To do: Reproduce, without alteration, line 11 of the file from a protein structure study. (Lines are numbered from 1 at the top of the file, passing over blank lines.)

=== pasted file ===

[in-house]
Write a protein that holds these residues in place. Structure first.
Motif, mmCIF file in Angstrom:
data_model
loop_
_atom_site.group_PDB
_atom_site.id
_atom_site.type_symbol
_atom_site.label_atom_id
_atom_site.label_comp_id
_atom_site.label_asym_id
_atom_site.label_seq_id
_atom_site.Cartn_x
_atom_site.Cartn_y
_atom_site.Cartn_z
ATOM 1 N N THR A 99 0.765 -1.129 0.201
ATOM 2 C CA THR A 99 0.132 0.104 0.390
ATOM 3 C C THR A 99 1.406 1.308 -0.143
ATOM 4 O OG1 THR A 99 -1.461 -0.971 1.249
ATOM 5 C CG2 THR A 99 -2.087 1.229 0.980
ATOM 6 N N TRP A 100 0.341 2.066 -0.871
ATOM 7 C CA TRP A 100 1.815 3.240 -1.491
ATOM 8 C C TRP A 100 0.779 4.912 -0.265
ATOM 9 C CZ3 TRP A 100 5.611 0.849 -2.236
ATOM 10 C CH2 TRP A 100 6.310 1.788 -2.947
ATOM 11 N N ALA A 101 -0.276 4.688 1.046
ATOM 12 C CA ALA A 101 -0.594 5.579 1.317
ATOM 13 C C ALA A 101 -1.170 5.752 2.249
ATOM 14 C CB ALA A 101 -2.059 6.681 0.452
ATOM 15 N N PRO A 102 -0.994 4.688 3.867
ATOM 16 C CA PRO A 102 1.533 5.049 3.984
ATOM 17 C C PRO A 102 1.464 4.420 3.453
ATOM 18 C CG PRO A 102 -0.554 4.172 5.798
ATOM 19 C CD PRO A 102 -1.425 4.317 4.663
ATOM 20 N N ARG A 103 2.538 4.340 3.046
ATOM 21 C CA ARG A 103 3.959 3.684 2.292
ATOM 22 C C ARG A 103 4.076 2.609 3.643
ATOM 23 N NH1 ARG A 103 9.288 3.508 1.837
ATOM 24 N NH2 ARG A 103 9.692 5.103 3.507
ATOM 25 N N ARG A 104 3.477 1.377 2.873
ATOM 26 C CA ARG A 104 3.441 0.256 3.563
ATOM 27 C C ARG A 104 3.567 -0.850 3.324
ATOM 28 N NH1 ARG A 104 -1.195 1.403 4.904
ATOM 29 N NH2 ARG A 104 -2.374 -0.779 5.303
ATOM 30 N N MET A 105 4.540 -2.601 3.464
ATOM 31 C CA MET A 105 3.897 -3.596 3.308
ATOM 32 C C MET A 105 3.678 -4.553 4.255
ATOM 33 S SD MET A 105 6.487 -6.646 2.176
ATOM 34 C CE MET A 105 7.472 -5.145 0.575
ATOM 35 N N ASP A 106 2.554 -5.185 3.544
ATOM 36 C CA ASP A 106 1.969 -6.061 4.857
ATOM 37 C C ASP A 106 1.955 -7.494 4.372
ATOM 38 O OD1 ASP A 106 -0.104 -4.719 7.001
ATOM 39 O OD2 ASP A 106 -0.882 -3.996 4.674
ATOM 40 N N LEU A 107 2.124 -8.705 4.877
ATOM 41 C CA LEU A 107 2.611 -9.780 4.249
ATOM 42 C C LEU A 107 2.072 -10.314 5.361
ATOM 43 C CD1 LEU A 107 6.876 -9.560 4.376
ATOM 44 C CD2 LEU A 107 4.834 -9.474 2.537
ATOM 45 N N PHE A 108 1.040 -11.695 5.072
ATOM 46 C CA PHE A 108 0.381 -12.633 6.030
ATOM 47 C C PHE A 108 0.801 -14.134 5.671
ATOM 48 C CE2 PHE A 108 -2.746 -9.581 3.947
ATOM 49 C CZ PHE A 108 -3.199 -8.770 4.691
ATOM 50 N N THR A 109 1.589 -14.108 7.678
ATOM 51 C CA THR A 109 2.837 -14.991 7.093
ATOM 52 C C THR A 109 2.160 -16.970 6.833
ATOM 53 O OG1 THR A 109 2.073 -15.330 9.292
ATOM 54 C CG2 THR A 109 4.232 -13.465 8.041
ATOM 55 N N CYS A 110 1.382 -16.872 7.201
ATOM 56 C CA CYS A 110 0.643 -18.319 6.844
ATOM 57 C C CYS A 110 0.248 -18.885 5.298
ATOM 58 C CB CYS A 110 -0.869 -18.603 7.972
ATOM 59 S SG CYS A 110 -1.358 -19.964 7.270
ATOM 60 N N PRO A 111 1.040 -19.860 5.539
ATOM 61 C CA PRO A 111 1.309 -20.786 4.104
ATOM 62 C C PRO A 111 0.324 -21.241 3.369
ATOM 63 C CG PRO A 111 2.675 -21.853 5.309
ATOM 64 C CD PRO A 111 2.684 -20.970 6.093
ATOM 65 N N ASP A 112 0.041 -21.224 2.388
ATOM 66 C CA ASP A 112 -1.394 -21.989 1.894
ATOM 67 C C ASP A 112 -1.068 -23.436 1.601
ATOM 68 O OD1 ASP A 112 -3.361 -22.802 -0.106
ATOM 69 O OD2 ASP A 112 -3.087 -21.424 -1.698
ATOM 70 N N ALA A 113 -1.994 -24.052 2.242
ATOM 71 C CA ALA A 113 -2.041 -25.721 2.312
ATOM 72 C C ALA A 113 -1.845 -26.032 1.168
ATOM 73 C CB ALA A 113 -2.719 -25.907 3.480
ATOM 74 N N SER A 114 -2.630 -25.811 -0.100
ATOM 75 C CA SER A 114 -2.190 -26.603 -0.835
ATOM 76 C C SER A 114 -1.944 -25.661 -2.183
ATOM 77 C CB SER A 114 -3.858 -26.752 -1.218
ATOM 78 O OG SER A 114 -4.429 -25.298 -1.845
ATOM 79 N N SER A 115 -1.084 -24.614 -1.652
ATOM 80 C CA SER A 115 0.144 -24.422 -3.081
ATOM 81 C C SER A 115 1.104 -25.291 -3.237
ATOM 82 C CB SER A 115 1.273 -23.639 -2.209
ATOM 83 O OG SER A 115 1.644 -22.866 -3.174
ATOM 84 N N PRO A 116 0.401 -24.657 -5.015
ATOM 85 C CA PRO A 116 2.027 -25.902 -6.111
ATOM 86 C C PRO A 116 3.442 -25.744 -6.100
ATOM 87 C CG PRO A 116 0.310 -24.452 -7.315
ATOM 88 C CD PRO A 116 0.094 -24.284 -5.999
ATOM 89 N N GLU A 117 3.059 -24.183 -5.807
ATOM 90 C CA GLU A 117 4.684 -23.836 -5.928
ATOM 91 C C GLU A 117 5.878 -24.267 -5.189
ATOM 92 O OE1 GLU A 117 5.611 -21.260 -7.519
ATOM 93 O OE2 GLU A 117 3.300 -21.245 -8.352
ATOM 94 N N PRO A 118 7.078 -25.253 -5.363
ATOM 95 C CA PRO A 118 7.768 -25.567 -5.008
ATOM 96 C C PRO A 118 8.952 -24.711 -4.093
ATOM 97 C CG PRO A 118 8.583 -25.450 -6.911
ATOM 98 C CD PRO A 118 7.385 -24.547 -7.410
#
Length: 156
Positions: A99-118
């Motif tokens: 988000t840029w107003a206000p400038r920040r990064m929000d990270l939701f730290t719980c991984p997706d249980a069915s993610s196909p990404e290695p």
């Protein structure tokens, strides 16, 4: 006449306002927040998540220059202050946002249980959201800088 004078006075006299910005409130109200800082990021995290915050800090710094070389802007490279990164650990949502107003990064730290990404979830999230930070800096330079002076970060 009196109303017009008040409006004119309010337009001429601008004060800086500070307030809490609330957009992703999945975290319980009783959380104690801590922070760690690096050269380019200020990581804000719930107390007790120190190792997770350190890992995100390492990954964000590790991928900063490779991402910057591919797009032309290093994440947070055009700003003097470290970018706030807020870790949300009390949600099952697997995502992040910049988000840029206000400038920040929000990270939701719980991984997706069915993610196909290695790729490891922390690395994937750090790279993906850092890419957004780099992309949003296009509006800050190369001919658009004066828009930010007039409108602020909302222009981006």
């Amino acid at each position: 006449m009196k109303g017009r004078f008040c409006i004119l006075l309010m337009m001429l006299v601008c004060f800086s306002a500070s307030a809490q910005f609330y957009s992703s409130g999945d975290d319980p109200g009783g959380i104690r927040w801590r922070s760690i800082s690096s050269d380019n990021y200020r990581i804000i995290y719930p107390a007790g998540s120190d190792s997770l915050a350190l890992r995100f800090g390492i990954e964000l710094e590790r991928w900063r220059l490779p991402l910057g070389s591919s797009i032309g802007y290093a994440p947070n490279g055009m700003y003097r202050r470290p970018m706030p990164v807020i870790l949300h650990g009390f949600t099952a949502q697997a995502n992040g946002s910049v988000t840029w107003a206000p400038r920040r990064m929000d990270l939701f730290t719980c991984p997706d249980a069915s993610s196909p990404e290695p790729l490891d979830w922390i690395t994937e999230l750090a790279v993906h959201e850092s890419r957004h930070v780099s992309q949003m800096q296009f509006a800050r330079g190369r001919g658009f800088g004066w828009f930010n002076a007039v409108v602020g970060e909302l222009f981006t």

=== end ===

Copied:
_atom_site.label_asym_id